A carpenter wouldn't build a house without a blueprint. A traveler wouldn't proceed without a map. Yet some communities grow without a plan for where that growth should and shouldn't occur.
A consortium of 12 public and private groups doesn't want that to happen in Crow Wing County. The Brainerd Lakes Area Conservation Collaborative has published an inventory it hopes will provide guidelines for future planners and developers. Created by a graduate student at the University of Minnesota with input from BLACC members, the inventory has been endorsed by Gov. Tim Pawlenty. A similar inventory might be created for Itasca County.
The 74-page inventory has 41 maps depicting land use and cover types, public and private ownerships, forest types, lake types, lands susceptible to erosion, lands that should be conserved, lands that could be developed, potential priority conservation areas and open space networks. By pinpointing the area's natural and man-made features it's hoped the inventory will help people make wise decisions regarding land and water usage.
"It's meant to guide conversation, not to be a stone tablet from the mountain," said Don Hickman, an environmental specialist with the Initiative Foundation in Little Falls. "We want to provoke people into asking what's worth saving, what should be developed and how we should accommodate the growth that's coming."
Said Phil Hunsicker, program director at 1,000 Friends of Minnesota: "This inventory isn't just about what's best for wildlife. It's also about what's best for maintaining healty, vibrant human communities, clean groundwater and recreational opportunities for all."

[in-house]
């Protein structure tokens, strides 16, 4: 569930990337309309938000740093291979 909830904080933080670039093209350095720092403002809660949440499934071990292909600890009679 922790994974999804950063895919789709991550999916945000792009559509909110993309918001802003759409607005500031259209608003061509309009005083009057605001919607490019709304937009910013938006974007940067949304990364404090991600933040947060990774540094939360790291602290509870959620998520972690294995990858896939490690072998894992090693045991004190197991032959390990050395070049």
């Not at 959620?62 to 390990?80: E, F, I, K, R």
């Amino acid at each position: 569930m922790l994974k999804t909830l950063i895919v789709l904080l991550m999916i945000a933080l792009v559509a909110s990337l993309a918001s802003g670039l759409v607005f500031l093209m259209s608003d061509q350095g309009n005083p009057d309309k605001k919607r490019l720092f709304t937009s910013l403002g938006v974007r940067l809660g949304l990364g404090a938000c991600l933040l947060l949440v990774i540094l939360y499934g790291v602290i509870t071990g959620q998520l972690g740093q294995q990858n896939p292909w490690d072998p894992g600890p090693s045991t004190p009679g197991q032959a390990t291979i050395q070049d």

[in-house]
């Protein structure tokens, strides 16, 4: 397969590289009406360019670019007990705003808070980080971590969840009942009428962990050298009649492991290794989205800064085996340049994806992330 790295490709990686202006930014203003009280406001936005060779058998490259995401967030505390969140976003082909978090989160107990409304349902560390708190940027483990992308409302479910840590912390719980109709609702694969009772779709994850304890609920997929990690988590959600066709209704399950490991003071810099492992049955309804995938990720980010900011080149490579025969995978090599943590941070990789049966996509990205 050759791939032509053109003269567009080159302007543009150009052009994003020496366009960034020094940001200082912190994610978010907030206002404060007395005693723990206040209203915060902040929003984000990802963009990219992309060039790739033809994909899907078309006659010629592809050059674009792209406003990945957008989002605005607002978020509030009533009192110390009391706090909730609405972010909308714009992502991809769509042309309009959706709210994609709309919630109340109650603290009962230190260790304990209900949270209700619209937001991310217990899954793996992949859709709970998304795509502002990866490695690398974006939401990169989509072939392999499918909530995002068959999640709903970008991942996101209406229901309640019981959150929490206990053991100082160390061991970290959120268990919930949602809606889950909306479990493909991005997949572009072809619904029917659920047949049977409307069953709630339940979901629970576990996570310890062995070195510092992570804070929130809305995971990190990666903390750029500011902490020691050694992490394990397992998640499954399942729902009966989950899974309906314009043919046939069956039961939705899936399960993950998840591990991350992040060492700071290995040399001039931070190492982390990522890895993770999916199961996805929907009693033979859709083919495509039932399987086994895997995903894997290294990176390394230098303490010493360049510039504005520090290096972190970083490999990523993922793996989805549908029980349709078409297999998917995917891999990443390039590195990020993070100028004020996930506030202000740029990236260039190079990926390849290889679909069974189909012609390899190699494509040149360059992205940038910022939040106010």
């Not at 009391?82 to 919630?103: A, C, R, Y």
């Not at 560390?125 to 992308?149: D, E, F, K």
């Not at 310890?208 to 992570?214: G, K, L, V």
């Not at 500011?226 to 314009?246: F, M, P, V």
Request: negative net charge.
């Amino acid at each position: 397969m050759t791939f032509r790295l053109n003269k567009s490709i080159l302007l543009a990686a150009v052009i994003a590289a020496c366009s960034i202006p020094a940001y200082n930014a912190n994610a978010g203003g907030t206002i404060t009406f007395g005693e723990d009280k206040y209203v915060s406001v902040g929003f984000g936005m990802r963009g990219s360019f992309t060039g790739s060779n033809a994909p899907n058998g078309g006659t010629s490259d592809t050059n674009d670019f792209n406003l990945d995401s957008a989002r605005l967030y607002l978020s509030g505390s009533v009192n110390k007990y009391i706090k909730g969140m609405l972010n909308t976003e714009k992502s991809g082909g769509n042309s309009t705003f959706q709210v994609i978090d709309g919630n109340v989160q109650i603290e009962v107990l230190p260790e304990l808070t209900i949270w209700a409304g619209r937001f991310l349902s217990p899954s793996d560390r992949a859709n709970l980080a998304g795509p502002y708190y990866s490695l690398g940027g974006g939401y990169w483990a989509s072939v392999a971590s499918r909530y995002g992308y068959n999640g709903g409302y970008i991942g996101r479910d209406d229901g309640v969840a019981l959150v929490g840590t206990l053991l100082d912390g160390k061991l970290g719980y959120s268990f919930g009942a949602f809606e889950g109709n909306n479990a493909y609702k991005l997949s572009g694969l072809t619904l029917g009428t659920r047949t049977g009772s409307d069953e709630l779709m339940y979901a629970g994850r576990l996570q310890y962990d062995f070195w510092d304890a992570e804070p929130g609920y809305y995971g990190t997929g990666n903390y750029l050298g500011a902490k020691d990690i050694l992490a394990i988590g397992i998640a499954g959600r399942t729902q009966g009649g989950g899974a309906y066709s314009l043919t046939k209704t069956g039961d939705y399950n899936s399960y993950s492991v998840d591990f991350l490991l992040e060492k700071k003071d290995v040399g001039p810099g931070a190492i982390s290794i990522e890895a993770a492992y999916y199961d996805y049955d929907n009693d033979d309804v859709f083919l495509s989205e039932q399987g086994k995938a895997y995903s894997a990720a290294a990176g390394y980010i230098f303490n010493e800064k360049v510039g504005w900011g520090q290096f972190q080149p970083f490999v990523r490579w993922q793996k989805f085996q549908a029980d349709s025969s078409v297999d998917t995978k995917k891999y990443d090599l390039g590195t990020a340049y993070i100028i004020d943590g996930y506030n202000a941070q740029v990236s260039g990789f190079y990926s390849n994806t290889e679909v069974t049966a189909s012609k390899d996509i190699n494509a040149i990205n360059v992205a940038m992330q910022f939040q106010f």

Crow Wing County's population is predicted to grow by more than 30 percent over the next 30 years, pushing past 100,000. Ironically, many people are moving here to get away from the city. If the area's remaining rural character is ruined it will hinder growth and drive current residents away, Hickman said.
The inventory was developed using guidelines from The Nature Conservancy with input from Crow Wing County Planning and Zoning and BLACC members.
"The timing couldn't have been better," Hunsicker said. "Crow Wing County was revising its comprehensive plan and we thought we could have some input into that. Once they get to ordinance revisions we hope to make some comments about those."
The study region covers 2,100 square miles and includes all of the watersheds that drain the county. Three main reasons not to develop a particular area, according to the inventory, are because of its wildlife habitat, recreation potential or because it serves as a groundwater recharge area.
"Originally, The Nature Conservancy said Brainerd was a lost cause, that there was nothing of high biological value here," Hickman said. "But upon a second look they realized there's a shockingly large amount of high value natural habitat still left in the county, particularly around Pillsbury State Forest. The other pocket of enormous attraction are the highlands above Mille Lacs."
The Blanding's turtle and red-shouldered hawk are identified as "indicator species," as their presence indicates an area that has unique and intact habitat.
"Start talking about turtle habitat," Hunsicker said, "and most folks' eyes glaze over. But tell them that our county's drinking water is 100 percent dependent on groundwater supplies, that high-value aquifers are found in good turtle habitat, that if you protect one you protect the other, and now they're interested."
The red-shouldered hawk is an indicator species due to its preference for old-growth forests, few of which remain in the county.